Market News: January 2020
The Housing Department Fund Corporation (HDFC) is New York City’s answer to low-cost housing. It affords the right buyer (someone with good credit and a solid financial future) with an apartment below market value in a wonderful location/building. It’s definitely something to consider.
Unlike with a typical co-op, you may need to make less — rather than more — money to qualify for one of these units. For example, if you’re a family of four and your declared annual household income is greater than $150,000, you will likely not qualify for most HDFC units currently on the market. Ironically, this means that a family struggling to qualify to rent an average-priced two-bedroom apartment under the 40-times-the-monthly-rent rule makes too much money to qualify for most HDFC units.
HDFC co-ops require at least 20% down. This means that first-time-buyer mortgages, which frequently require only 3–5% down, are out of the question. But cash-strapped HDFC co-ops often require much higher down payments and even seek cash-only deals. In other words, in order to buy into an HDFC building, you will need to be income poor but asset rich.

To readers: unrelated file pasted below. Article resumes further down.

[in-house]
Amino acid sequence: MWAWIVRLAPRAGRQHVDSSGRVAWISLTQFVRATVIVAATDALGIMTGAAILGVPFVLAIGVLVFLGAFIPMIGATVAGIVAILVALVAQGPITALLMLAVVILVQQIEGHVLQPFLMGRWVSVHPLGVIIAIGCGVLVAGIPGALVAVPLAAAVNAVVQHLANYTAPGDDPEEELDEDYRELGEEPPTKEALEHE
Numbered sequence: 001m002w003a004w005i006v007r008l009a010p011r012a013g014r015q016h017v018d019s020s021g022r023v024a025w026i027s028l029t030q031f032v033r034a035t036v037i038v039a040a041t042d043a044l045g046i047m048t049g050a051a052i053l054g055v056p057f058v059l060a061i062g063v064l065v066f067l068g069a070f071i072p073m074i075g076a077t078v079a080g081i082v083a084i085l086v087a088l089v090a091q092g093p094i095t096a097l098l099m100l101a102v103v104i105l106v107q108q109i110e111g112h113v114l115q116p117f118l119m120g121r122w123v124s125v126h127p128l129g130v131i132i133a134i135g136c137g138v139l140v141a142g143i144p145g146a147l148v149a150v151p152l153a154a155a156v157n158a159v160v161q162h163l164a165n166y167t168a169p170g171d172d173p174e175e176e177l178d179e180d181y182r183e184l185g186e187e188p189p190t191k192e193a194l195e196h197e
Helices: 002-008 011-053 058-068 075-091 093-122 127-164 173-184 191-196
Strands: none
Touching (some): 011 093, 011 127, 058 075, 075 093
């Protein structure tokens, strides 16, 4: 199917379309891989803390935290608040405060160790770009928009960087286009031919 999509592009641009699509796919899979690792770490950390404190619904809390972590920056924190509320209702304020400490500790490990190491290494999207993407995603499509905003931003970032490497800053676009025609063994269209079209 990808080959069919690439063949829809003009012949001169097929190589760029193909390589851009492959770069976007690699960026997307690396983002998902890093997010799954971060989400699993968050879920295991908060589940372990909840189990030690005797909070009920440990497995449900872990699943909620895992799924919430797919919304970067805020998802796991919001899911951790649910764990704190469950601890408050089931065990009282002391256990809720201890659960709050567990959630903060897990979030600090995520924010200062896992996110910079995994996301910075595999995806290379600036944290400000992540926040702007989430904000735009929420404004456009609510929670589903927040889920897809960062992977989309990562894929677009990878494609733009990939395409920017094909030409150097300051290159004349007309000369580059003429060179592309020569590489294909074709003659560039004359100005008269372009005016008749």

And, if you sell the apartment, you have to give the cooperative up to 30% of the profits, so if you go in, it’s to live there a long time and raise your family; it’s not for a quick flip. BUT, for the right person at the perfect time, it’s something to think about. If you have questions, give me a shout-out.